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How to Turn a Marketing Faux Pas into a New Customer

How to Turn a Marketing Faux Pas into a New Customer

Marketing missteps are bound to happen. Learn how to handle them with the tips and info in this article.

No matter how hard we try, we will never be perfect. This is true for businesses, too, especially in their marketing efforts. No matter how hard they try to create the right message for an audience, mistakes happen. However, those mess-ups don’t have to be fatal. It is possible to turn a marketing faux pas, such as typos, product issues, and poor messaging, into genuine opportunities to connect with your target audience.

Your ideal customers are looking for companies that are genuine and quick to fix mistakes. Consumers are savvy: Trying to cover up a mistake and hoping it goes away can make it much worse. Instead, use the opportunity to gain customer trust. This can resolve the situation with a happier ending: a sale or loyal advocate for your brand.

Below are some of the most common marketing faux pas and how companies can not only work through them, but gain respect along the way.

Order or Customer Information Errors

Two of the most common mistakes in marketing are errors and typos.. Examples include addressing a customer by the wrong name in an email blast, or customers seeing the placeholder of [FIRSTNAME] due to an autofill glitch. Even though customers know you send emails out to many people, they may take it personally when there are errors in communication.

6 Steps to Writing the Perfect Apology

  1. Include a summary of the issue
  2. Sincerely apologize
  3. Share how this incident does not match the quality your company tries to uphold
  4. Explain the error
  5. Let them know what is being done to fix it
  6. Give personal contact information of the employee handling the issue
    1. If the customer has more questions they want answered, they can contact someone directly

If a customer emails you with an error concerning their account, whether it’s their name or other personal information, it’s important to communicate how badly the company feels for this error. A touch of human humility goes a long way to remedy this mistake.

According to, the right customer apology letter for a mistake needs to include:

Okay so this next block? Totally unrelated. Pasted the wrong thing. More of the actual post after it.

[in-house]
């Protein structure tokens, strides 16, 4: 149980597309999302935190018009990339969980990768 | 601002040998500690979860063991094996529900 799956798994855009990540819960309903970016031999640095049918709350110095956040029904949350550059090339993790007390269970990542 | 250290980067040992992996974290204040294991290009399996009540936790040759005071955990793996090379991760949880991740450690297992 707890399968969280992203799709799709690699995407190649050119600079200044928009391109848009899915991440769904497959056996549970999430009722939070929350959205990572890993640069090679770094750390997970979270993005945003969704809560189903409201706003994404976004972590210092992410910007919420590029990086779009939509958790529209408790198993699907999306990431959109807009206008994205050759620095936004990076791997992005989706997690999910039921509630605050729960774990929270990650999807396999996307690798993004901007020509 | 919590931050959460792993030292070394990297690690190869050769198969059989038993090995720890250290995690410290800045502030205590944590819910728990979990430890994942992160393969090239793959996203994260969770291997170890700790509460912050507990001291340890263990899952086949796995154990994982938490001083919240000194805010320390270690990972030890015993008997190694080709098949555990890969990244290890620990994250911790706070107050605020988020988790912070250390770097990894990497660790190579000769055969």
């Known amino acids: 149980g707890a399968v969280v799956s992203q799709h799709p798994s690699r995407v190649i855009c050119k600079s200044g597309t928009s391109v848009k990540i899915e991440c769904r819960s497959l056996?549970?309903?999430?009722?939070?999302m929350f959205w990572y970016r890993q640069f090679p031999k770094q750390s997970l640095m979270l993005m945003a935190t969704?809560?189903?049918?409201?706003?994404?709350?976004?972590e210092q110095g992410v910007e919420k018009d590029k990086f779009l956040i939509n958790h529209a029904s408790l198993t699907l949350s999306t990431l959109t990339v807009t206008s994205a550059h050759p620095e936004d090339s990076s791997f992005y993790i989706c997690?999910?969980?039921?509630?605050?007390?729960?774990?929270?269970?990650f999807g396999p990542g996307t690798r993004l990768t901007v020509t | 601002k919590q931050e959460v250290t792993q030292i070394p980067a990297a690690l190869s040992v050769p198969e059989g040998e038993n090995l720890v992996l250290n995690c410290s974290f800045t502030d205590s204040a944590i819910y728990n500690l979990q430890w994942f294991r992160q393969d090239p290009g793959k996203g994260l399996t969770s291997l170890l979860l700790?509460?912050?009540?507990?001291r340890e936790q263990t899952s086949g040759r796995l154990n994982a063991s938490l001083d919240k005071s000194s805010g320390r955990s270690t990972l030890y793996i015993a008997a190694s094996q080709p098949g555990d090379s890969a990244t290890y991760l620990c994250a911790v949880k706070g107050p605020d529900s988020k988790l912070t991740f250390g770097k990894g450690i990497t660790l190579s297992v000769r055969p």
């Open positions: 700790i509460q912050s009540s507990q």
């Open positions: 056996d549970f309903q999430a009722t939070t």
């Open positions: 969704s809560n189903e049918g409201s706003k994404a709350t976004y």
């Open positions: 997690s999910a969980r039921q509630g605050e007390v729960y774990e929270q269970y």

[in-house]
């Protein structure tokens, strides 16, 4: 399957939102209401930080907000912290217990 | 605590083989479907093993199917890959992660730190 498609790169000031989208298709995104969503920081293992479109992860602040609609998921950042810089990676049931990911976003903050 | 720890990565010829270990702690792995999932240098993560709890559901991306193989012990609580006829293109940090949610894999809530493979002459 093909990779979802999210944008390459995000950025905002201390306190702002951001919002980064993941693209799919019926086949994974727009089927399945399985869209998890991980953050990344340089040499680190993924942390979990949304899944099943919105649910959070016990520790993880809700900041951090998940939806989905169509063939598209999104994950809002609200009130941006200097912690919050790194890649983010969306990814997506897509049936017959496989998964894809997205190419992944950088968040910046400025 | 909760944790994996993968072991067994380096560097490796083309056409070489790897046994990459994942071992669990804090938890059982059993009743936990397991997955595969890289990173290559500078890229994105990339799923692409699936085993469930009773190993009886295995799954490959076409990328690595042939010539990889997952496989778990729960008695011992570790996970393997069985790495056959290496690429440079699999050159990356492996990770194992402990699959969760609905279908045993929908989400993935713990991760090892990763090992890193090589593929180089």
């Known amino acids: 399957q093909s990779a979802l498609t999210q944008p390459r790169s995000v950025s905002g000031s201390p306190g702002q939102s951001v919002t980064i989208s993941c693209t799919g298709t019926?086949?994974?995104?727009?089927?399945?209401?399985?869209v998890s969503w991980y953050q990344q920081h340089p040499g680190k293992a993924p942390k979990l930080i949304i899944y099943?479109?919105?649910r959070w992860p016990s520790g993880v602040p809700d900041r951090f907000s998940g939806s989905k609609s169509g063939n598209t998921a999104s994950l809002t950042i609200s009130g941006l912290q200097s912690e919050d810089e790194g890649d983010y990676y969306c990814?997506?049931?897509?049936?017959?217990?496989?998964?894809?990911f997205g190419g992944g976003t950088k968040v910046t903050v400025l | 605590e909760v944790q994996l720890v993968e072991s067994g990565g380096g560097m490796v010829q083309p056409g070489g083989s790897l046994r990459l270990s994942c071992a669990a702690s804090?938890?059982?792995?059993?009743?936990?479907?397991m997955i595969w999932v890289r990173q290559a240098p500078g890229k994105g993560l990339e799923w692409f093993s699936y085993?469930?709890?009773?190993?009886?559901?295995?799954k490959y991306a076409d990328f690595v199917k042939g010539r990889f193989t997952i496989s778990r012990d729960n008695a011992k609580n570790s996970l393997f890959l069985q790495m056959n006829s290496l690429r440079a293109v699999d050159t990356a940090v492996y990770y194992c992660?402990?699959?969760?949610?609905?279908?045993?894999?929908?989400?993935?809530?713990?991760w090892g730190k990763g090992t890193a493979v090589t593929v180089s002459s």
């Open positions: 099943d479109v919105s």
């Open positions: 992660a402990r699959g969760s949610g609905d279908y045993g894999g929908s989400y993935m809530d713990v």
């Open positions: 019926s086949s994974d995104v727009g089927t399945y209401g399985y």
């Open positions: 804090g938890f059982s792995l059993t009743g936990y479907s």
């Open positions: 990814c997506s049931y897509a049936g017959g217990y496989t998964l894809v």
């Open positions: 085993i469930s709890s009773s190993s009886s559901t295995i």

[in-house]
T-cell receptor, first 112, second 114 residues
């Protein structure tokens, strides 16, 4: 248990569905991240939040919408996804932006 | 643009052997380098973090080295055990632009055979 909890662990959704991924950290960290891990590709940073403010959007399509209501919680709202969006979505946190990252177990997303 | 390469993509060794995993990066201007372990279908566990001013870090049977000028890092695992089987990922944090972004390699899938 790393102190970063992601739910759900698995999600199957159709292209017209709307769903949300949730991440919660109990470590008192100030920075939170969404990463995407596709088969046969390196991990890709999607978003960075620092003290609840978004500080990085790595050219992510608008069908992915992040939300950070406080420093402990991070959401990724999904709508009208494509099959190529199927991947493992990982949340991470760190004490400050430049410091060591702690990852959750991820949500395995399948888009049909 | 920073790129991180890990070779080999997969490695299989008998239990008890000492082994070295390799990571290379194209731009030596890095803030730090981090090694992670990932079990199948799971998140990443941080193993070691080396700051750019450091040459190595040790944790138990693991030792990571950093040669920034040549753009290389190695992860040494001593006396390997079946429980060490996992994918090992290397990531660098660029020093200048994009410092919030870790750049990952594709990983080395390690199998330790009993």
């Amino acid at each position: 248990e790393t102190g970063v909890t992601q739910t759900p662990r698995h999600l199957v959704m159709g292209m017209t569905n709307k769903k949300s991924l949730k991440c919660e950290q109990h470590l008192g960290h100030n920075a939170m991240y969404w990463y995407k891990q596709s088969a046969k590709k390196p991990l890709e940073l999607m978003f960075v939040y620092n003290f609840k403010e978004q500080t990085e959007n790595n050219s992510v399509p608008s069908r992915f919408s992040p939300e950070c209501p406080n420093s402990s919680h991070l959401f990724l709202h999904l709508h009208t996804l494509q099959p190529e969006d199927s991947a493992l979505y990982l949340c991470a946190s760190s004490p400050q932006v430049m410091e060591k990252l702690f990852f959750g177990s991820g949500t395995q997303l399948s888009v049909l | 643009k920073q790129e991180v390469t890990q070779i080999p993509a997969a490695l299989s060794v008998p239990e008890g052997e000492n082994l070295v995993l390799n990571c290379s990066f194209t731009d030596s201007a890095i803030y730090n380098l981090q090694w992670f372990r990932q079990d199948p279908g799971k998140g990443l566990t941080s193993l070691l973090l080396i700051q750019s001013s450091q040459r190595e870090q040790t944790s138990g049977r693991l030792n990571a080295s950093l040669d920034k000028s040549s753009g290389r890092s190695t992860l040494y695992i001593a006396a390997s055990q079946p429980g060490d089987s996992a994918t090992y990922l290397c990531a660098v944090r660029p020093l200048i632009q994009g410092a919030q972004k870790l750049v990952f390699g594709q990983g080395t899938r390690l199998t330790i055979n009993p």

• A summary of the issue
  • A sincere apology and statement of quality that the company tries to uphold
  • An explanation of the error
  • What is being done to fix it
  • Personal contact information of the employee handling the issue in case the customer has more questions they want answered directly

While the length of your apology will depend on the error, it’s important that it gets the point across succinctly. Make sure to send it as soon as possible. Customers will appreciate your speedy reply and apology.

In order to remedy the problem, do what it takes to make it right. This might be letting the customer keep the wrong product, or giving them an exclusive coupon code or gift card for causing an inconvenience.

Going above just apologizing is what makes the interaction memorable for the customer. Any company can say, “I’m sorry.” It takes a great company to say, “I’m sorry, and here’s what I’m doing to fix it.”

Insensitive Messaging

In the fire hydrant of content and offers on the Internet, there are more chances than ever to accidentally send out a marketing message or image that may be taken in a way that wasn’t intended. A simple social media post can go wrong if there aren’t enough checks and balances in place to catch sensitive issues, or if you don’t have someone to consult to make sure the message can’t be construed as something beyond the desired intent.

One example of a company that experienced this is Huggies, who, despite the issue, rebounded and found success. In 2012 it experienced a backlash after releasing a commercial called “Dad Test,” which portrayed fathers in what was perceived as a negative light. After consumer complaints, Huggies altered the campaign, met with angry fathers at the Dad 2.0 Summit, and issued an apology on its Facebook page.

A year later, Huggies made international news after its “Dad’s Pregnant Too” campaign, which featured men and their pregnant significant others wearing specially designed belts that let them feel when their baby moved. It was estimated that the campaign reached 180 million online readers. It became a trending topic on Twitter, got almost 3 million shares on Facebook, and had over 5 million organic views on YouTube. Huggies saw an increase in site visits of 264 per cent. Diaper sales grew by 13 per cent and the company “regained leadership in the newborn segment.” Huggies’ new point of view? “Nothing compares to the feeling of being a father.”